Medical Hero Spotlight: Brittany Foster, Pulmonary Hypertension Patient Advocate

Living with Pulmonary Hypertension

Brittany Foster may not appear to be struggling with a chronic condition upon first impression, however, she has been navigating a series of complex medical diagnoses for decades. At birth, doctors discovered Britt had a blockage in her intestines. She was rushed into emergency surgery, where it was quickly discovered she had also been born with a heart defect when she went into sudden cardiac arrest. At less than a year old, Britt was taking medication for heart failure and had a procedure to repair the hole in the bottom of her heart, called a ventricular septal defect. Soon after, she was diagnosed with pulmonary hypertension, a condition that forces her heart to work overtime to pump blood to her lungs.

Despite this diagnosis early on, Britt enjoyed a relatively normal childhood. She was very active, participating in nearly every sport with no issues. For years, the only evidence of her condition were the scars from her surgery as an infant.

Unfortunately, around the age of thirteen, Britt found herself struggling with shortness of breath while playing sports. Her cardiologist recommended she take a pulmonary function test, believing the symptom to be exercise-induced asthma. She was given inhalers and continued with daily life but soon found the inhalers weren’t fully effective.

“At that age, all I wanted to do was what my friends were doing. I loved playing sports, so I kept at it, despite my continued breathing difficulties,” Britt says.

Upon graduation, Britt began a career path in education as a teacher, a role that exemplified her passion for advocacy and helping others. “I wanted to advocate for the students who need resources, or who in some cases, did not have the ability to speak up for themselves,” Britt says. Four years into her career, Britt was managing an eighth-grade classroom when her condition began to impact her daily life again. “Many people don’t realize what a physically demanding job teaching is,” Britt reflects. “I was on my feet all day walking around the classroom and bending and crouching very often. One day I got incredibly lightheaded and ended up passing out in the classroom.”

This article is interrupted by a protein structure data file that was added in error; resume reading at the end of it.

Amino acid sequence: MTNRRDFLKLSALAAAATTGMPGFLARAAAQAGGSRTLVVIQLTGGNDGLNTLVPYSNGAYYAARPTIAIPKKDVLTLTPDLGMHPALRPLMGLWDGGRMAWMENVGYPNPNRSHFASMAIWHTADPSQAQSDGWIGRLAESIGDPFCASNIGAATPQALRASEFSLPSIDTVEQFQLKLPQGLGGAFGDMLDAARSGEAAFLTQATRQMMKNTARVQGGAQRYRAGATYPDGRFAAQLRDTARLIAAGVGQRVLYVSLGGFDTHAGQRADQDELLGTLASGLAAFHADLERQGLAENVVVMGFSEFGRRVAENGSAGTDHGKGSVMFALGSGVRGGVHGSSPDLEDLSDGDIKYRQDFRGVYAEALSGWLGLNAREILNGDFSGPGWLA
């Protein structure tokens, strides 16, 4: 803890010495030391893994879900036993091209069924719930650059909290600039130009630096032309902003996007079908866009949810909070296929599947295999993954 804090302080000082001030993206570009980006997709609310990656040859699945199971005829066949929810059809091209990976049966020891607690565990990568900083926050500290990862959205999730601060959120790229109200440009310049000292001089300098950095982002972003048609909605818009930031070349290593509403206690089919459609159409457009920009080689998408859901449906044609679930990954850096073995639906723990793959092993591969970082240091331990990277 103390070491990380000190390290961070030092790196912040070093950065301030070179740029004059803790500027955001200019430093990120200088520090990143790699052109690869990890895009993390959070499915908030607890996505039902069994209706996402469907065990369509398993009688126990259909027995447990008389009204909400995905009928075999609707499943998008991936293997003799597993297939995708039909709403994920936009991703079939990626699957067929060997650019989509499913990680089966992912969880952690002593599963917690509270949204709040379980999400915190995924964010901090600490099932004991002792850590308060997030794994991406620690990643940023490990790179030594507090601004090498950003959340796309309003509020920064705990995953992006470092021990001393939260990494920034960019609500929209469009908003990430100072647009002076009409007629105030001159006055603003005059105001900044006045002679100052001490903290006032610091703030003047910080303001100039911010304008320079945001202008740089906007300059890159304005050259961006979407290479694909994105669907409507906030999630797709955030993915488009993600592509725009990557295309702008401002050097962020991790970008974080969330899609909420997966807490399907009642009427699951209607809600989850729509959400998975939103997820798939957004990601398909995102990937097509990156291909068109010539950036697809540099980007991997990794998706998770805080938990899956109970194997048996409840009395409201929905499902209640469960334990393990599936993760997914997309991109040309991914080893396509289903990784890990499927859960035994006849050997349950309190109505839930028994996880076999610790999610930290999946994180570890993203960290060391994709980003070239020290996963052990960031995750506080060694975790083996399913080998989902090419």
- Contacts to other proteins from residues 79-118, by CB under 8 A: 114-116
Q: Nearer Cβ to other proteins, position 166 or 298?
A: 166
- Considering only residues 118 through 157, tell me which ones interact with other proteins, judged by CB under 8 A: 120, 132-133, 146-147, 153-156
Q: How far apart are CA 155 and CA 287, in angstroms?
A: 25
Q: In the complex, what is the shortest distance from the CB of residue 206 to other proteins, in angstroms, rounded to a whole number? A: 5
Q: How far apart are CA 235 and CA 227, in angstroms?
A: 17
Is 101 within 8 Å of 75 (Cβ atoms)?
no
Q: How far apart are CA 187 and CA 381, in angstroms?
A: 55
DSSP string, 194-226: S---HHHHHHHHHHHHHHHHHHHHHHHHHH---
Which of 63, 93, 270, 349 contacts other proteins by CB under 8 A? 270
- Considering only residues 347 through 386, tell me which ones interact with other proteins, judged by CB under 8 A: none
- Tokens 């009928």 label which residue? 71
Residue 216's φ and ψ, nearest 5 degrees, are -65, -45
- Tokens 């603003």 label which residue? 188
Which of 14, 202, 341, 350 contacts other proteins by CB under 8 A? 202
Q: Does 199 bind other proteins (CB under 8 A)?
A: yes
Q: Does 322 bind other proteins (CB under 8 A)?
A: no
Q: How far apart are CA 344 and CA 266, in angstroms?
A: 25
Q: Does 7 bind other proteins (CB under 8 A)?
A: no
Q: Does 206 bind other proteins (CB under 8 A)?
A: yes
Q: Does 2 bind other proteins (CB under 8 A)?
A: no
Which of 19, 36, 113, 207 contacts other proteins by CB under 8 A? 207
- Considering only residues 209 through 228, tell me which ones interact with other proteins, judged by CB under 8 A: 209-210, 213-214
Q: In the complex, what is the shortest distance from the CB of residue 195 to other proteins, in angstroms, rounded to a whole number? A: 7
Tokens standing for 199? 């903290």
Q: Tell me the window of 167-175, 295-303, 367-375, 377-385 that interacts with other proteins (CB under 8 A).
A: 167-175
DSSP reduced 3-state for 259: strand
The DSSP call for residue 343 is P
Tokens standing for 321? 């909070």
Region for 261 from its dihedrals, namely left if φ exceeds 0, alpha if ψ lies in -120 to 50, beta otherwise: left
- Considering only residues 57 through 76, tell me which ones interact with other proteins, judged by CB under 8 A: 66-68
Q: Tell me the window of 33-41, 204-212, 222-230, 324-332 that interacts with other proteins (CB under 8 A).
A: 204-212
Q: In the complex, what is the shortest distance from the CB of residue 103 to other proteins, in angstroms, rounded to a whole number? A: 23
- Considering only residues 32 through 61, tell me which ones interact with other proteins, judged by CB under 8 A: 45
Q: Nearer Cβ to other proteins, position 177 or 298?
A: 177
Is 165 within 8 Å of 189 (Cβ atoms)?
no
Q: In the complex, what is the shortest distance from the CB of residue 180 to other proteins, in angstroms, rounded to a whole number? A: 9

Changing Directions: From Teaching to Rare Disease Advocacy
“Unfortunately, a big part of my story has been repeated mistreatment from medical professionals. As a young woman who physically appeared to be in good health, assumptions were made about me by doctors who weren’t interested in my prior history or symptoms,” Britt says.

After being rushed to the ER from her classroom, Britt’s doctors concluded she fainted due to dehydration despite her history of heart disease. They planned to send her home to rest with fluids, but Britt knew something else was wrong.

“I was lucky that right before being discharged, a nurse started asking more probing questions about what I had been doing right before fainting. We decided I should walk down the hallway with a heart monitor and oxygen sensor to evaluate,” Britt recalls. Within minutes, Britt’s oxygen levels had dropped rapidly, and doctors finally decided to admit her into the cardiac unit for further treatment.

Britt was released later from the hospital with an oxygen tank to assist her breathing and was told to adapt her life around her pulmonary hypertension. “I was only twenty-six years old,” Britt says. “The tanks were huge and difficult to get around with. I wasn’t given any resources on how to adapt my life, but I knew I wanted to get back into my classroom and start teaching again.”

Britt went back to teaching for several months and finished the school year but struggled with her oxygen tank throughout. Over the summer, she met with her doctors who strongly advised her to change career paths. Britt made the hardest decision of her life to retire from teaching. “I felt incredibly discouraged and depressed watching other teachers move on with a new school year, while I was sick in bed,” Britt recalls.

Finding Community & Support